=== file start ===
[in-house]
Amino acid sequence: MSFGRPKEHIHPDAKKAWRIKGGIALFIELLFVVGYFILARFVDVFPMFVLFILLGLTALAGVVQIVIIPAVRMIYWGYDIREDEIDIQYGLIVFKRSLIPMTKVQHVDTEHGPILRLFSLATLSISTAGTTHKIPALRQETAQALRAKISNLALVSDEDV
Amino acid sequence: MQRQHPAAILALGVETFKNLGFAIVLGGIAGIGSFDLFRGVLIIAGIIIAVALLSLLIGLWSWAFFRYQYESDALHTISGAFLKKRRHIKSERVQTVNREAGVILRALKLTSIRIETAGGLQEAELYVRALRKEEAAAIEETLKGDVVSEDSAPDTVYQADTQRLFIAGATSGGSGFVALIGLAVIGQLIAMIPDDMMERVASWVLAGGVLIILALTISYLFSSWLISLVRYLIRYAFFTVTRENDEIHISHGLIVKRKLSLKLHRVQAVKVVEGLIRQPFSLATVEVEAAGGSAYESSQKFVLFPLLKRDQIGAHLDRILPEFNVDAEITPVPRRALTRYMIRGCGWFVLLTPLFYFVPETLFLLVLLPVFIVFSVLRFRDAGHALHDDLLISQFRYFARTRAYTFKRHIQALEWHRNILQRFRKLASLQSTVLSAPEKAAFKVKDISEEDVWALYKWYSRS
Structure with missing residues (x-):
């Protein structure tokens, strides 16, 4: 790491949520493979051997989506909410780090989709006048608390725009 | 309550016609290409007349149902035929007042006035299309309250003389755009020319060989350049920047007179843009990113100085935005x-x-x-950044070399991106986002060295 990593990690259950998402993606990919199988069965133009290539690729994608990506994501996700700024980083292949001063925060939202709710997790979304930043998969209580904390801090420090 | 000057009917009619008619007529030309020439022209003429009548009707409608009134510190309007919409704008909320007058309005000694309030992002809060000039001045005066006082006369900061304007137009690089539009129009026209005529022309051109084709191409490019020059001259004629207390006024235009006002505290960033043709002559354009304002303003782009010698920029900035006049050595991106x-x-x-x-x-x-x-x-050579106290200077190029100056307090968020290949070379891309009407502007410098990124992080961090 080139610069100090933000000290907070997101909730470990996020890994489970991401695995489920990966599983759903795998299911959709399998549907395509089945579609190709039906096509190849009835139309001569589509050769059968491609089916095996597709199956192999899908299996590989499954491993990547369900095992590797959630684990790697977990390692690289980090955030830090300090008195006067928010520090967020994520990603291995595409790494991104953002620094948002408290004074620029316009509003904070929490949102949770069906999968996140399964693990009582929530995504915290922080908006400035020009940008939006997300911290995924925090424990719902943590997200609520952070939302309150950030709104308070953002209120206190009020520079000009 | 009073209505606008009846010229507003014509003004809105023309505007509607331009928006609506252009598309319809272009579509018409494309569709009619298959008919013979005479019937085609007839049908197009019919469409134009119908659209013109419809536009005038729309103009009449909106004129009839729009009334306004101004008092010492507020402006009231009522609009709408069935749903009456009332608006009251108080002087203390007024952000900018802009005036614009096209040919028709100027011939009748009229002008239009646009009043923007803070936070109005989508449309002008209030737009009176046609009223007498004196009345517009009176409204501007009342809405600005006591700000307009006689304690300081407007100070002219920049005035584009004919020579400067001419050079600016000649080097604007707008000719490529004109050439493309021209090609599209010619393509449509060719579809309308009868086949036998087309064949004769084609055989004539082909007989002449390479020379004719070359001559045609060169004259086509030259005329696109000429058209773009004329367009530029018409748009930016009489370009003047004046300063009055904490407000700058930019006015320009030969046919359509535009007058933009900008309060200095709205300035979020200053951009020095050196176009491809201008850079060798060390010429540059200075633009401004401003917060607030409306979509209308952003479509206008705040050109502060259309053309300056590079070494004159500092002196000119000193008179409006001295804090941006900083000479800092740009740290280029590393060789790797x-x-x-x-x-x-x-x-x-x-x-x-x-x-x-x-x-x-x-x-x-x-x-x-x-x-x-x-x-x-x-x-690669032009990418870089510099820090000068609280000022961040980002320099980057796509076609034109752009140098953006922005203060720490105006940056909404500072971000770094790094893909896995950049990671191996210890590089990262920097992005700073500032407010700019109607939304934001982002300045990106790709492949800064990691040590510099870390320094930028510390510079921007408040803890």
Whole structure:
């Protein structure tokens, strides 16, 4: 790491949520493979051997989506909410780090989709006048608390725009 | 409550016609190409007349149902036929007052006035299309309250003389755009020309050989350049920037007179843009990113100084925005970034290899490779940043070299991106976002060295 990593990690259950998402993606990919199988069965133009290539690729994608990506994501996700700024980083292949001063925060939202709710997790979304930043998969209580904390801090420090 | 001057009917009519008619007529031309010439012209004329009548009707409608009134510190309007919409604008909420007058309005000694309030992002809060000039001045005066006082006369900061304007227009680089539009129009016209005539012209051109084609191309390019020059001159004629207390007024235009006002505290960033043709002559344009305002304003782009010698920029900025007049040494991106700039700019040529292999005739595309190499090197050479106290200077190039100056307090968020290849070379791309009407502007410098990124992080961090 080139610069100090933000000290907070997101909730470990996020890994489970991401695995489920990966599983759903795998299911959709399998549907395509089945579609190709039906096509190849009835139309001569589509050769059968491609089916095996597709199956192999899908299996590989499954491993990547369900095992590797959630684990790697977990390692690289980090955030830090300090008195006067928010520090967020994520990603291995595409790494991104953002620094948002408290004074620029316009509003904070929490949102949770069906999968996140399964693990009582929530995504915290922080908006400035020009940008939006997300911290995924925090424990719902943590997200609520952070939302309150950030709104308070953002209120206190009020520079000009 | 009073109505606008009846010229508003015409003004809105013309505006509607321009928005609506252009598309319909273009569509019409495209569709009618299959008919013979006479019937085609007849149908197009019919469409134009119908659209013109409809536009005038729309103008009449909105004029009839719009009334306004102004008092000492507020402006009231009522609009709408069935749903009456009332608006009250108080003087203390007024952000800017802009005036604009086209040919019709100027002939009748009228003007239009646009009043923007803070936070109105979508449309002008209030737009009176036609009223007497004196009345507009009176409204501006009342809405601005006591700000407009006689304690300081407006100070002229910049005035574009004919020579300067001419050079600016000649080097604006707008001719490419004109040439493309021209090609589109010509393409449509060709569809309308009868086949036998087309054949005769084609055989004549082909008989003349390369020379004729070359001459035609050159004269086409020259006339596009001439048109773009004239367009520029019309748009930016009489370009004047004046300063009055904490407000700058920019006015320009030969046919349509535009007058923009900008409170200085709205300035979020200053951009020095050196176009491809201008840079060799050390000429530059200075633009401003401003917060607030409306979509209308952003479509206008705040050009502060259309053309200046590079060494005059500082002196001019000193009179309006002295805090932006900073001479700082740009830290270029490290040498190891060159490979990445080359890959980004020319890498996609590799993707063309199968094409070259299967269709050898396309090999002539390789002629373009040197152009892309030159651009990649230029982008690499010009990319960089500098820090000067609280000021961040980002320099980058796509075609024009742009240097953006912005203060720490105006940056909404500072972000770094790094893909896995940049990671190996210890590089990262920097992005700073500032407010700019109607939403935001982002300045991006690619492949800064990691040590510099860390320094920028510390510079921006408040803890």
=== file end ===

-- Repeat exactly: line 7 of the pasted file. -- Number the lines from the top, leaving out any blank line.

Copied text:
């Protein structure tokens, strides 16, 4: 790491949520493979051997989506909410780090989709006048608390725009 | 409550016609190409007349149902036929007052006035299309309250003389755009020309050989350049920037007179843009990113100084925005970034290899490779940043070299991106976002060295 990593990690259950998402993606990919199988069965133009290539690729994608990506994501996700700024980083292949001063925060939202709710997790979304930043998969209580904390801090420090 | 001057009917009519008619007529031309010439012209004329009548009707409608009134510190309007919409604008909420007058309005000694309030992002809060000039001045005066006082006369900061304007227009680089539009129009016209005539012209051109084609191309390019020059001159004629207390007024235009006002505290960033043709002559344009305002304003782009010698920029900025007049040494991106700039700019040529292999005739595309190499090197050479106290200077190039100056307090968020290849070379791309009407502007410098990124992080961090 080139610069100090933000000290907070997101909730470990996020890994489970991401695995489920990966599983759903795998299911959709399998549907395509089945579609190709039906096509190849009835139309001569589509050769059968491609089916095996597709199956192999899908299996590989499954491993990547369900095992590797959630684990790697977990390692690289980090955030830090300090008195006067928010520090967020994520990603291995595409790494991104953002620094948002408290004074620029316009509003904070929490949102949770069906999968996140399964693990009582929530995504915290922080908006400035020009940008939006997300911290995924925090424990719902943590997200609520952070939302309150950030709104308070953002209120206190009020520079000009 | 009073109505606008009846010229508003015409003004809105013309505006509607321009928005609506252009598309319909273009569509019409495209569709009618299959008919013979006479019937085609007849149908197009019919469409134009119908659209013109409809536009005038729309103008009449909105004029009839719009009334306004102004008092000492507020402006009231009522609009709408069935749903009456009332608006009250108080003087203390007024952000800017802009005036604009086209040919019709100027002939009748009228003007239009646009009043923007803070936070109105979508449309002008209030737009009176036609009223007497004196009345507009009176409204501006009342809405601005006591700000407009006689304690300081407006100070002229910049005035574009004919020579300067001419050079600016000649080097604006707008001719490419004109040439493309021209090609589109010509393409449509060709569809309308009868086949036998087309054949005769084609055989004549082909008989003349390369020379004729070359001459035609050159004269086409020259006339596009001439048109773009004239367009520029019309748009930016009489370009004047004046300063009055904490407000700058920019006015320009030969046919349509535009007058923009900008409170200085709205300035979020200053951009020095050196176009491809201008840079060799050390000429530059200075633009401003401003917060607030409306979509209308952003479509206008705040050009502060259309053309200046590079060494005059500082002196001019000193009179309006002295805090932006900073001479700082740009830290270029490290040498190891060159490979990445080359890959980004020319890498996609590799993707063309199968094409070259299967269709050898396309090999002539390789002629373009040197152009892309030159651009990649230029982008690499010009990319960089500098820090000067609280000021961040980002320099980058796509075609024009742009240097953006912005203060720490105006940056909404500072972000770094790094893909896995940049990671190996210890590089990262920097992005700073500032407010700019109607939403935001982002300045991006690619492949800064990691040590510099860390320094920028510390510079921006408040803890």